Though it doesn’t really look like much from Hwy-1, which has grown into a near freeway to carry all the Hearst Castle traffic, the coastal town of Cayucos is definitely worth a look. Sitting along the coast 15 miles south of Cambria, not far from Morro Bay, Cayucos has a nice little beach, a fishing pier, a range of surfing and skateboard shops, and at least two unusual places to eat and drink. If you like tiki-style bars, you’ll want to save your thirst for a visit to Schooners Wharf (171 N. Ocean Ave., 805/995-3883), with good mojitos and variable food, served up in a landmark barroom downstairs or on an ocean-view terrace above. For great food at fair prices, don’t miss Ruddell’s Smokehouse (101 D St., 805/995-5028), just off the beach, where the no-frills menu features smoked salmon and tuna sandwiches, plus fish, pork, and chicken tacos.
Marked by the Gibraltar-like monolith of Morro Rock, which was noted by Juan Rodriguez Cabrillo in 1542 and now serves as a peregrine falcon preserve and nesting site, Morro Bay (pop. 10,581) surrounds a busy commercial fishing harbor a half mile west of Hwy-1. A thin three-mile-long strip of sand protects the bay from the Pacific Ocean, forming a seabird-rich lagoon that’s included within Morro Bay State Park, a mile southeast of Morro Rock. There’s an excellent museum ($3 adults) with displays on local wildlife, and the park also contains the friendly Bayside Café (805/772-1465), serving lunch and dinner. Next door, when the weather’s nice, you can rent kayaks (805/772-8796) and paddle around the estuary.
The rest of Morro Bay is pretty quiet; one unusual sight is a giant outdoor chessboard (with waist-high playing pieces) at the foot of Morro Bay Boulevard on the waterfront in City Park. For clam chowder or fish ’n’ chips, try Giovanni’s (1001 Front St., 805/772-2123) in the strollable waterfront neighborhood. Good, fast Mexican-themed fusion food is available at the Taco Temple (2680 Main St., 805/772-4965), an often crowded and grandly named fish shack on the land side of the Hwy-1 frontage, a mile north of town.
San Luis Obispo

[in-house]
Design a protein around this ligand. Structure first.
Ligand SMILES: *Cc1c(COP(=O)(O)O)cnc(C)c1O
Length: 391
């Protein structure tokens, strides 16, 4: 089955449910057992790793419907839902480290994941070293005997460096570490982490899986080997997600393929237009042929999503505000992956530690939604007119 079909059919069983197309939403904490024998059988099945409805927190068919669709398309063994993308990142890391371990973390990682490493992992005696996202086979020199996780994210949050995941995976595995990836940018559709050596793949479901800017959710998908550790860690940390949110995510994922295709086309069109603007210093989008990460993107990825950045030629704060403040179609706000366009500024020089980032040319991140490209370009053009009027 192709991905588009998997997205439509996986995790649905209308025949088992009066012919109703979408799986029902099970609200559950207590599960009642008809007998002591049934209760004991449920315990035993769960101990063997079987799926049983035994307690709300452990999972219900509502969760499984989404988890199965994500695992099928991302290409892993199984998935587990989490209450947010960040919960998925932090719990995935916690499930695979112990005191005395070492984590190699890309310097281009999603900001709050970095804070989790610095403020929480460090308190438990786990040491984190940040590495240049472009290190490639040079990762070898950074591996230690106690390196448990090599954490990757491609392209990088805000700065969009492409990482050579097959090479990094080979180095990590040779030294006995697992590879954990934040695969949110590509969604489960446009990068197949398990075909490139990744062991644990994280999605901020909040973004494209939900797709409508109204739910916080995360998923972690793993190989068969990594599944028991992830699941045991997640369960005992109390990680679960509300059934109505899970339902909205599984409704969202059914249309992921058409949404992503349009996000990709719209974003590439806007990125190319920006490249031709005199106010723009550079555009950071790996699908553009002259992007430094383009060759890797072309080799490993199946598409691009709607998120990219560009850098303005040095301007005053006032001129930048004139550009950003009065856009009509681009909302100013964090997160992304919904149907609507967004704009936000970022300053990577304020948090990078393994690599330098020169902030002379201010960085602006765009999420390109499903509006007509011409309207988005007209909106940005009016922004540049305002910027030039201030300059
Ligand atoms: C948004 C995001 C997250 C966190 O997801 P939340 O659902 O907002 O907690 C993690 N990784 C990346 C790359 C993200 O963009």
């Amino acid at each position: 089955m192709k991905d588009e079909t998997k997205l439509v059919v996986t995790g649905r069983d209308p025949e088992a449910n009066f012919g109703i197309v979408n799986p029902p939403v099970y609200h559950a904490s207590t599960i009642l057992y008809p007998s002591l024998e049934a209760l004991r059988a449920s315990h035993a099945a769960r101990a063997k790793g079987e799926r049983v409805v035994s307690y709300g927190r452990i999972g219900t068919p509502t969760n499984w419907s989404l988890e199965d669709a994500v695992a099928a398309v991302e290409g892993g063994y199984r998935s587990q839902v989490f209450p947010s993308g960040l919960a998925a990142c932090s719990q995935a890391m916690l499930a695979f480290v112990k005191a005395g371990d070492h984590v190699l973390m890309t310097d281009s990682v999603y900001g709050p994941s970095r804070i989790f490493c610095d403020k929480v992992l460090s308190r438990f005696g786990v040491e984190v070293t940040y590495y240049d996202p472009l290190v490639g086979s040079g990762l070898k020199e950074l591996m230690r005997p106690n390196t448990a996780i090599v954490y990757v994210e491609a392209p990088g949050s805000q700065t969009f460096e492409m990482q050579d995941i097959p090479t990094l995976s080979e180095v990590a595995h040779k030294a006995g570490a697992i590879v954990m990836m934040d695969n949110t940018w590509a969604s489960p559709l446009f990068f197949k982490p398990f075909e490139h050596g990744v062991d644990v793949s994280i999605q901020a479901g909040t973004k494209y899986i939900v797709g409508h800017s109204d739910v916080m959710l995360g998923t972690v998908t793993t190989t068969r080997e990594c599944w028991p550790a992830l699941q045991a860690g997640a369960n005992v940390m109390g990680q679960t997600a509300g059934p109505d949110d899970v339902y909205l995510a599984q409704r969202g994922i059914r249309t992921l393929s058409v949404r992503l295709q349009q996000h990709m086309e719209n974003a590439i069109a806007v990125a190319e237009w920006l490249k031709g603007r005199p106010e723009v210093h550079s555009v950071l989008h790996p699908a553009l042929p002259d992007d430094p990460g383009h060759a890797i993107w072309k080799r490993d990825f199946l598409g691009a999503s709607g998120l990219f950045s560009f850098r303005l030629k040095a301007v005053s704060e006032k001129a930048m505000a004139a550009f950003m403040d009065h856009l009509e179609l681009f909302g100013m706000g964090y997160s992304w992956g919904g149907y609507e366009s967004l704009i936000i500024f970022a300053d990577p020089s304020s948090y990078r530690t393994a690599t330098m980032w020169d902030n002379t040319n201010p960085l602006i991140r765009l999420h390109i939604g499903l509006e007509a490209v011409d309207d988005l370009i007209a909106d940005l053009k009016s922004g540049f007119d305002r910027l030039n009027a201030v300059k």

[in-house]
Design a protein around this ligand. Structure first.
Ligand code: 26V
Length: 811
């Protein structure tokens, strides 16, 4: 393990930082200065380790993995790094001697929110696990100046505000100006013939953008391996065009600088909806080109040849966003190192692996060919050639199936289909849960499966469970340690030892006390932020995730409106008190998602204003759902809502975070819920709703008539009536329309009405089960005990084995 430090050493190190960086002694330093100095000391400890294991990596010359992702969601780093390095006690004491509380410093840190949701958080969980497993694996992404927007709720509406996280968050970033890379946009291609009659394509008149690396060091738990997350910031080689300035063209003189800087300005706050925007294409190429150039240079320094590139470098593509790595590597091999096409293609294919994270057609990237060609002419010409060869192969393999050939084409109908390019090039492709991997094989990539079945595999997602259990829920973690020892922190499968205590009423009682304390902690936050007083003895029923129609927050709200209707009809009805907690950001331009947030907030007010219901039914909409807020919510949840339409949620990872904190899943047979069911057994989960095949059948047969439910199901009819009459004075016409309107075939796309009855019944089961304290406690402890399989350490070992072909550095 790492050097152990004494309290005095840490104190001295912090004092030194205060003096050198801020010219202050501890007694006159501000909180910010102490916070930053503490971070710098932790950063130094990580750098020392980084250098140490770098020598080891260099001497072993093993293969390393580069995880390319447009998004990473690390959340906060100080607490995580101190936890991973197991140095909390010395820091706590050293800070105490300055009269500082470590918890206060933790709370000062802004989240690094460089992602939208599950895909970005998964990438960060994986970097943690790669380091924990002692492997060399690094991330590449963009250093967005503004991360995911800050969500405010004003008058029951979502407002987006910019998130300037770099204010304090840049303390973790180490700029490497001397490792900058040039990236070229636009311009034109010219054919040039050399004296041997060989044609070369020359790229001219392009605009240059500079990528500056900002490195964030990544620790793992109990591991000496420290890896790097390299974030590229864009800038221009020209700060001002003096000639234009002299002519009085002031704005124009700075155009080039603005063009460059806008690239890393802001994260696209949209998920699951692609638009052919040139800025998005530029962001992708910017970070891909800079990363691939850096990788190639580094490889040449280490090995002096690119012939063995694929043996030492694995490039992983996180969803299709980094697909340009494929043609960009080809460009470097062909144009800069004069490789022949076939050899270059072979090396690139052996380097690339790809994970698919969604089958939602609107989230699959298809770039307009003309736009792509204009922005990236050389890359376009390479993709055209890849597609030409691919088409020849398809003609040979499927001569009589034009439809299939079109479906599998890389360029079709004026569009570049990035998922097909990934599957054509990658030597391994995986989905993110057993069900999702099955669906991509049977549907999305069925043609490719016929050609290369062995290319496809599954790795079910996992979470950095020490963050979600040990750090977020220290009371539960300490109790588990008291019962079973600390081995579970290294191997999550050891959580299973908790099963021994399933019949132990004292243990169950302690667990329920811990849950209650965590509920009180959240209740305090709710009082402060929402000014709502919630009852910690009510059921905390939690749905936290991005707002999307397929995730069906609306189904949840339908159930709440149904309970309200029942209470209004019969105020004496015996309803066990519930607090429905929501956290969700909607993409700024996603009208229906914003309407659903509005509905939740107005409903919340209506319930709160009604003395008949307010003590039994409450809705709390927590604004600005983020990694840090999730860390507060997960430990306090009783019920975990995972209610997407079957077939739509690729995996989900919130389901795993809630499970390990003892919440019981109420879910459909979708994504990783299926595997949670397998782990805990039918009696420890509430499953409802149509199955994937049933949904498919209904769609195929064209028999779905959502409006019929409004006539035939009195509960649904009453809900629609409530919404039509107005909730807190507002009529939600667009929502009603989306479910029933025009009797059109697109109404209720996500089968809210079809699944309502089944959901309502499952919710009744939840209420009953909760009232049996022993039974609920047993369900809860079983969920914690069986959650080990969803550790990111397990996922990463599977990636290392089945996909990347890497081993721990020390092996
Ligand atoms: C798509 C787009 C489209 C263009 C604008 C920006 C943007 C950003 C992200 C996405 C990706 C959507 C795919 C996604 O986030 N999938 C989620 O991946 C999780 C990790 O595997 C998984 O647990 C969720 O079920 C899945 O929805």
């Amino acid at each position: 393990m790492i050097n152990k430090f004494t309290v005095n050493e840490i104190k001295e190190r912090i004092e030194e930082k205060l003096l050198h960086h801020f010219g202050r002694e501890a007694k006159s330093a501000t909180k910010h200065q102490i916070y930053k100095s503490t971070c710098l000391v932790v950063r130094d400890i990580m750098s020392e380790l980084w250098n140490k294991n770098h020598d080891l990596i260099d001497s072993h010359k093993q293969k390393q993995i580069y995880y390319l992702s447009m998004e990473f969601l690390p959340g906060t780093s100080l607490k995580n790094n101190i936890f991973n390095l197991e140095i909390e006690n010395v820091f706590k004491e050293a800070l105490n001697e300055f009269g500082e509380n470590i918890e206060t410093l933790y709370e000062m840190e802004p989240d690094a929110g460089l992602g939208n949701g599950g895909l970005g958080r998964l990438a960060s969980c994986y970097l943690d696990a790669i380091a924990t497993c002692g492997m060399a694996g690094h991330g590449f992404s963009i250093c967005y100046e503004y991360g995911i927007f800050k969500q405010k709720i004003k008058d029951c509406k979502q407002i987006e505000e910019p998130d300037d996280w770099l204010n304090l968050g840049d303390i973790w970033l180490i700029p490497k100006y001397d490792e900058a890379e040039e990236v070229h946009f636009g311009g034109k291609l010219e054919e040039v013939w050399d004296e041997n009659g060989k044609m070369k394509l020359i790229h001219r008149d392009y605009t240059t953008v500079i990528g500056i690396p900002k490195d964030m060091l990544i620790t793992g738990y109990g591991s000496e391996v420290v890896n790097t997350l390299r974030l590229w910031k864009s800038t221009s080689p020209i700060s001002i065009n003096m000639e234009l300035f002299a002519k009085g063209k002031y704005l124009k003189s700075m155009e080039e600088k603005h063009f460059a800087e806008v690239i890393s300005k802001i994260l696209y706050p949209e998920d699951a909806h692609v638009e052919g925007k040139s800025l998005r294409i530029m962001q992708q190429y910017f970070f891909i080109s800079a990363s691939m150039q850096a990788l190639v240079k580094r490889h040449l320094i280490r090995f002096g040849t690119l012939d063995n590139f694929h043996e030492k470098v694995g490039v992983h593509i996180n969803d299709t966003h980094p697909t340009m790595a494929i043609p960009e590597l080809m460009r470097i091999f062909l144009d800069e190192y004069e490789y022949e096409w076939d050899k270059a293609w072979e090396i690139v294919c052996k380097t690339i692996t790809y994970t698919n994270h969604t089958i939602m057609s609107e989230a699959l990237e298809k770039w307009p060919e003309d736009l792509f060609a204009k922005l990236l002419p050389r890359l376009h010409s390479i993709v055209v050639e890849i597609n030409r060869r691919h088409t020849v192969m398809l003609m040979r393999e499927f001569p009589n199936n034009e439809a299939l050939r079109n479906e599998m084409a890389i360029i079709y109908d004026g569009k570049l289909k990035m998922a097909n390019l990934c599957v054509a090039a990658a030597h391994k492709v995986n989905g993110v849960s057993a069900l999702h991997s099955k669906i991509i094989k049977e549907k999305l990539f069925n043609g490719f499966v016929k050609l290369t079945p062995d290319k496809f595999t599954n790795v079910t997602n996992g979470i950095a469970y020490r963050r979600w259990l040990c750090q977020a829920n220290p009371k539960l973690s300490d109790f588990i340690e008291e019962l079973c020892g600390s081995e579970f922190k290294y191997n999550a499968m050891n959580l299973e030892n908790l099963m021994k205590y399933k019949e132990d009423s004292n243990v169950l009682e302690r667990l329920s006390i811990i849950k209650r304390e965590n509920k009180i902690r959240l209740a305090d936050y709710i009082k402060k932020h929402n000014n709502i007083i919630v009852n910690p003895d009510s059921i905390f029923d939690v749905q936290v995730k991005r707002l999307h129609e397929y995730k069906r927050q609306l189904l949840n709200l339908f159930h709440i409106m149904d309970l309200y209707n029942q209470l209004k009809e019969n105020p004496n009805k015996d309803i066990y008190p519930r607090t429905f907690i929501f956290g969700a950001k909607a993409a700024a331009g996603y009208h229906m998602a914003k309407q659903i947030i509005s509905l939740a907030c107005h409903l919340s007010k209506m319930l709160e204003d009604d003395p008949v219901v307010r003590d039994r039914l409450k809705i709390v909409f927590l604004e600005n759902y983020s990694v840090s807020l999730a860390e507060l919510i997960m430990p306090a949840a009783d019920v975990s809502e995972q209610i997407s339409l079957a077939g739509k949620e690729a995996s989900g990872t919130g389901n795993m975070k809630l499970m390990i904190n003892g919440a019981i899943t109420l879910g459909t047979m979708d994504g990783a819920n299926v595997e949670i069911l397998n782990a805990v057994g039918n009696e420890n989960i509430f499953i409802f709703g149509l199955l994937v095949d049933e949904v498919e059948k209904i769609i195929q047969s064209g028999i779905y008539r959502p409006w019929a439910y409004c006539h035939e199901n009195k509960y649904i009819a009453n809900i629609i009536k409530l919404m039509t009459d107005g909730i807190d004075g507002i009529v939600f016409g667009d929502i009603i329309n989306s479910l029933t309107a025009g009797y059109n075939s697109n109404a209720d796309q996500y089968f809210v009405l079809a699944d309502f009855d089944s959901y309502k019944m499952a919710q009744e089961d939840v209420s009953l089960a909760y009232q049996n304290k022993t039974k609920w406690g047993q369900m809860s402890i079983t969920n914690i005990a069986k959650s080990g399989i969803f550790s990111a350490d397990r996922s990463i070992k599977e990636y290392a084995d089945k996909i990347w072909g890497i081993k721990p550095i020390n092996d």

Located midway between San Francisco and Los Angeles at the junction of Hwy-1 and US-101, San Luis Obispo (pop. 47,446) makes a good stopping-off point, at least for lunch if not for a lengthier stay. Like most of the towns along this route, San Luis, as it’s almost always called, revolves around an 18th-century mission, here named Mission San Luis Obispo de Tolosa. Standing at the heart of town at Chorro and Monterey Streets, the mission overlooks one of the state’s liveliest small-town downtown districts, with dozens of shops and restaurants backing onto Mission Plaza, a two-block park on the banks of Mission Creek.
Besides the mission and the lively downtown commercial district that surrounds it, not to mention the nearly 20,000 students buzzing around the nearby campus of Cal Poly San Luis Obispo, San Luis holds a singular roadside attraction, the Madonna Inn (805/543-3000 or 800/543-9666, $209 and up), which stands just west of US-101 at the foot of town. One of California’s most noteworthy pop culture landmarks, the Madonna Inn is a remarkable example of what architecturally minded academic types like to call vernacular kitsch. Created by local contractor Alex Madonna, who died in 2004, the Madonna Inn offers 110 unique rooms, each decorated in a wild barrage of fantasy motifs: There’s a bright pink honeymoon suite known as “Love Nest,” the “Lucky Rock” room covered in tiger-stripe carpet, and the cave-like “Caveman” Room. Roadside America rates it as “the best place to spend a vacation night in America,” but even if you can’t stay, at least stop for a look at the gift shop, which sells postcards of the different rooms. Guys should head down to the men’s room, where the urinal trough is flushed by a waterfall.
Though the Madonna Inn has a huge, banquet-ready restaurant—done up in white lace and varying hues of pink—the best places to eat are downtown, near the mission. Linnaea’s Café (1110 Garden St., 805/541-5888), off Higuera Street, serves coffee and tea and sundry snack items all day and night; there’s also the lively veggie-friendly Big Sky Café (1121 Broad St., 805/545-5401) and the usual range of beer-and-burger bars you’d expect from a college town. For something special, the heart of SLO holds one of the central coast’s great restaurants, Novo (726 Higuera St., 805/543-3986), serving locally sourced and fresh Mediterranean-inspired meals on a nice terrace backing onto Mission Plaza. It also has a great bar.
Along with the Madonna Inn, San Luis has a number of good places to stay, with reasonable rates that drop considerably after the summertime peak season. Besides the national chains, try the Peach Tree Inn (2001 Monterey St., 800/227-6396, $74 and up) or La Cuesta Inn (2074 Monterey St., 800/543-2777, $119 and up). There’s also the HI Hostel Obispo (1617 Santa Rosa St., 805/544-4678, $32 and up), with 28 beds in a converted Victorian cottage near downtown and the Amtrak station.